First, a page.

The movement to create an ambitious plan to save the planet from climate change and re-tool our economy has come to the Kootenays.
About 40 residents of the Slocan met on May 29 to talk about the Green New Deal, and more meetings are planned for major centres in the Kootenays.
“This is an opportunity to take some action,” says Jessica Bamford, who helped organize the Slocan Valley meeting.
Other scheduled meetings are June 4 in Rossland and June 5 in Nelson.
The Green New Deal is a concept that came out of the United States, and has slowly been growing in Canada.
It envisions “rapid, inclusive and far-reaching transition, to slash emissions, protect critical biodiversity, meet the demands of the multiple crises we face, and create over a million jobs in the process,” according to a website by a Canadian group pushing for the Green New Deal in this country.
The organization wants to see fundamental change in the economy in respect to the environment, while “leaving no one behind.”
The Green New Deal would also see Canada (and other nations) fully implement the UN Declaration on the Rights of Indigenous Peoples and other international and national commitments to aboriginal people.
Support for the concept is growing, with Canadian public service unions, as well as environmental, poverty rights, and Indigenous groups endorsing the idea. It’s also got a lot of A-list Canadian celebrities, including William Shatner, Dr. David Suzuki, k.d. lang, Naomi Klein and Neil Young putting their names behind it.
Bamford says she’s attracted by the movement’s non-partisan, nationwide, inclusive nature that’s trying to look at things differently.
“There’s a lot of great things happening out there too, but it doesn’t seem like it’s quite enough,” says Bamford, who’s a facilitator and co-founder of Four Nations Coalition of Indigenous Medicines, a Kootenay-based business that teaches and practices Indigenous medicine traditions.
“There’s got to be a more structured way for people just to be heard. So I love the fact they are just inviting people to get their ideas out there to share their needs in this way.”
And she says it’s time we looked to other cultures for knowledge of the world.
“There’s teachings and perspectives and ways of being that have been in existence for thousands of years, and that knowledge and wisdom is really needed at this time in our history,” she says. “The concept that ‘everything-impacts-everything-else’ is not new. We have Indigenous societies that were incredibly functional and had high populations, but they managed resources in a phenomenal way with little impact, if any, to the lands they lived on.”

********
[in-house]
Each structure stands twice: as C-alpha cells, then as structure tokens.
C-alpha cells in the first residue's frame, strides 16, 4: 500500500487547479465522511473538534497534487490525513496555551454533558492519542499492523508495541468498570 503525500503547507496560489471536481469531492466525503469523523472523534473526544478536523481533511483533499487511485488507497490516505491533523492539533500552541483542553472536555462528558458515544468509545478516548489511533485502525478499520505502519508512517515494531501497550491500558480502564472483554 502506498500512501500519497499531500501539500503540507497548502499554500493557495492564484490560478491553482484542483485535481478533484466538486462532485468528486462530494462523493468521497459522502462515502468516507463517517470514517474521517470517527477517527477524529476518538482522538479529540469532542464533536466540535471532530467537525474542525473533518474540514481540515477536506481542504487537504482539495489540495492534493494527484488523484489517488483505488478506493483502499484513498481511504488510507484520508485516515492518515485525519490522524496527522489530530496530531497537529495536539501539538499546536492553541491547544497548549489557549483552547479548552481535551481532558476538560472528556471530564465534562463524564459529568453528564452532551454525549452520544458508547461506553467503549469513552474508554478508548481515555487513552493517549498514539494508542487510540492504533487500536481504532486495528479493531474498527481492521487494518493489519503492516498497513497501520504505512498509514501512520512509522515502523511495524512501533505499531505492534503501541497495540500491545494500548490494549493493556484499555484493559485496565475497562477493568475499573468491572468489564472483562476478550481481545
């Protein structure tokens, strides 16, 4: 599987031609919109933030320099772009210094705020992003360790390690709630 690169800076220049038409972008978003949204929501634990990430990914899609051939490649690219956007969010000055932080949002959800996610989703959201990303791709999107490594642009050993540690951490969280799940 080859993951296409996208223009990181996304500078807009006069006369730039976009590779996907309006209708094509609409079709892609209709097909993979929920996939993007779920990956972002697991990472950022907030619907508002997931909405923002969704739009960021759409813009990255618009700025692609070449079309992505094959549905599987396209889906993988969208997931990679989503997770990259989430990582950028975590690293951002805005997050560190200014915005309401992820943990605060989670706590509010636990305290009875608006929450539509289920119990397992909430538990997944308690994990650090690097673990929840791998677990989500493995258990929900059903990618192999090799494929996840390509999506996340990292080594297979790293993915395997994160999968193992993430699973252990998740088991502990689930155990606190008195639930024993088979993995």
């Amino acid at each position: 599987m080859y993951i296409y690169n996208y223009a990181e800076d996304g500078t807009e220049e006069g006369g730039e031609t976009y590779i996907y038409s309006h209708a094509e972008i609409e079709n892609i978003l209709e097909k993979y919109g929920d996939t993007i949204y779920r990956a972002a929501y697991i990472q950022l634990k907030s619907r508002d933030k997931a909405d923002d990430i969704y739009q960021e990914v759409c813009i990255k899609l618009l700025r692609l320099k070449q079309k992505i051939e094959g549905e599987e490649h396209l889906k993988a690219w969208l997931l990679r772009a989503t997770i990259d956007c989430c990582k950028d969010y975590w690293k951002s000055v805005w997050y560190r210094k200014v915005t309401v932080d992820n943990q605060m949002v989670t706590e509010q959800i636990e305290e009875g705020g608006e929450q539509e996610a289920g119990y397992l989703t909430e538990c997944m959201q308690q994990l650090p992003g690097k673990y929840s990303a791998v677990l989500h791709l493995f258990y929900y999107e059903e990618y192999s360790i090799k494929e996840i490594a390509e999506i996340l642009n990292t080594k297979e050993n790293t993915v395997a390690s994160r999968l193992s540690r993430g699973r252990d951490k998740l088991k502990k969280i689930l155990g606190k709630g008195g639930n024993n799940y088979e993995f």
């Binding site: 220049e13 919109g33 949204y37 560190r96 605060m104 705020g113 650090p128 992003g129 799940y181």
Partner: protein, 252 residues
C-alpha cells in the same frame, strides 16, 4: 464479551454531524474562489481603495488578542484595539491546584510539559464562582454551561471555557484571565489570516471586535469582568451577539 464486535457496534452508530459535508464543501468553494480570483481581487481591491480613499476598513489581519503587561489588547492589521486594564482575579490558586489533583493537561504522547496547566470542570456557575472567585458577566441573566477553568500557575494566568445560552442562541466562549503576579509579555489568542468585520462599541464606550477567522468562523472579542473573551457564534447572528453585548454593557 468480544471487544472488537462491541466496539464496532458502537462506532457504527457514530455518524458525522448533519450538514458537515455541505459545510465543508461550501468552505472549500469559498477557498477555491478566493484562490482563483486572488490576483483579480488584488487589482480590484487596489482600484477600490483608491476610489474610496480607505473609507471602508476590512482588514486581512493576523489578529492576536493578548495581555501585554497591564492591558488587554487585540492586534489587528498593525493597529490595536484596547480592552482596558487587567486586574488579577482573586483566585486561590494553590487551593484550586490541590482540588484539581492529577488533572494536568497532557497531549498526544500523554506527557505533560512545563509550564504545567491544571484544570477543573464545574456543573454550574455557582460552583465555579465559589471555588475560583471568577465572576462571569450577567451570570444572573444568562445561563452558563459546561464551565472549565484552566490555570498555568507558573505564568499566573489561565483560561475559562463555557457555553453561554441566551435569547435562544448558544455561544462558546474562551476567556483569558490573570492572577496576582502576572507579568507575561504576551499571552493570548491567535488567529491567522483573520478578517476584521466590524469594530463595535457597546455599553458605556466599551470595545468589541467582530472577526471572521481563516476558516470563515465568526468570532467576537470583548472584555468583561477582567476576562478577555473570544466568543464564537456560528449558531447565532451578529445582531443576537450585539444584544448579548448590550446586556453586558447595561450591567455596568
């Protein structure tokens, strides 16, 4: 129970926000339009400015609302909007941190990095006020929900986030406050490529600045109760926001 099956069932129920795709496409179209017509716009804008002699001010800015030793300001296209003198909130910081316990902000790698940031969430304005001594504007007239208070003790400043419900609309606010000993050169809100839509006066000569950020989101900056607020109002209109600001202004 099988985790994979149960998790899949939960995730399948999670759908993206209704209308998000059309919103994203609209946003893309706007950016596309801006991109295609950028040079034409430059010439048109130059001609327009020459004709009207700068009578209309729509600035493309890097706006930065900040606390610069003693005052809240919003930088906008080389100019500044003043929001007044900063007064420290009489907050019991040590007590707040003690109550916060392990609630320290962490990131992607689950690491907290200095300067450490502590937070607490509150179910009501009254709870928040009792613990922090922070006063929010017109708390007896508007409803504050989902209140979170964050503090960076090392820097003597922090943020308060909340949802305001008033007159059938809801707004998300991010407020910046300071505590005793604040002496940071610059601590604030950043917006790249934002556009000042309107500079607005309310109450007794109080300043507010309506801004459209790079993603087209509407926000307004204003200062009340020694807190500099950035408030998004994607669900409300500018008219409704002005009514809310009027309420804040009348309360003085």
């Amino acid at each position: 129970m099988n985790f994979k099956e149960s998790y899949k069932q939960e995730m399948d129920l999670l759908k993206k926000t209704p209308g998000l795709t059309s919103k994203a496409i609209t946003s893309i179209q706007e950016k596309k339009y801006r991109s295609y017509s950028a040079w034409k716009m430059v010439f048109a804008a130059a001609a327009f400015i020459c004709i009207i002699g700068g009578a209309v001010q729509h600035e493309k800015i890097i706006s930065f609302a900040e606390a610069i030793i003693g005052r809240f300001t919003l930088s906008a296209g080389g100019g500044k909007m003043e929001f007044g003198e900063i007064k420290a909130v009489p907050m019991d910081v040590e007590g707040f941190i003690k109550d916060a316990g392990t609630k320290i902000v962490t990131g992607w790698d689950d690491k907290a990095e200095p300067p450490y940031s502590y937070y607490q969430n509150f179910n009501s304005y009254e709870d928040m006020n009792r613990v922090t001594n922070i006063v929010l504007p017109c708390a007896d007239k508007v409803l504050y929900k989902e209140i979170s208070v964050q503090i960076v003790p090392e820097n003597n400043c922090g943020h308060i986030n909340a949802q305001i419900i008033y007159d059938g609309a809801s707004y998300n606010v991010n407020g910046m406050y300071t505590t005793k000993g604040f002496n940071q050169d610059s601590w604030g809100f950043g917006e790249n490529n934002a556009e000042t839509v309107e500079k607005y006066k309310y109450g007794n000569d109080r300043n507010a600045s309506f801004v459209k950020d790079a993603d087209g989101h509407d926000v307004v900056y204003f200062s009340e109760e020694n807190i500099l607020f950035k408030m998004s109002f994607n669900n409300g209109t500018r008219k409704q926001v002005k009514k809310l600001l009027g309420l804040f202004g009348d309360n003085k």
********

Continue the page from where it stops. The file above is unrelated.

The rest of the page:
The idea of the movement is that it’s grassroots: that’s why people coming to the community meetings are asked to go through an exercise that encourages them to share their thoughts and ideas, and the things they want to see (or don’t want to see) in government policy surrounding climate issues.
“But not that exclusively,” notes Bamford. “It’s also about how we can create new jobs in these circumstances for people; how can we mitigate the housing crisis, as well. It’s not only about the climate crisis, it’s about generally turning the situation we are in around, so it’s more workable for everyone.”
People’s comments are set down at these meetings, being held across Canada, and the national organization will compile them to create a massive database.
They’ll take the information to federal politicians, First Nations, and other leaders for comment and action.
Bamford says she can’t comment on how a Green New Deal might work in the Slocan Valley, or Kootenays, or the larger country. For her, it’s as much a learning process, and she just wants to help bring new ideas forward.
“I have a two year old, and you think what is going on in our world? We have to do something about this, and we don’t have time to sit around and wait anymore,” she says. “We can’t just wait for politicians to deal with this. What is happening now is not effective for dealing with this crisis.”
Bamford says getting involved in the Green New Deal is helping her cope with her own climate concerns.
“You say you’re not going to buy any more plastic, things like that,” she says. “But at some point it’s just not enough. We have to do more, and we have to do better. We can’t let this continue.
“It’s a beautiful vision, a beautiful dream, and it brings me hope that so many people are gathering to talk about this and bring it to the forefront of people’s minds.
“And that’s the first step we have to take.”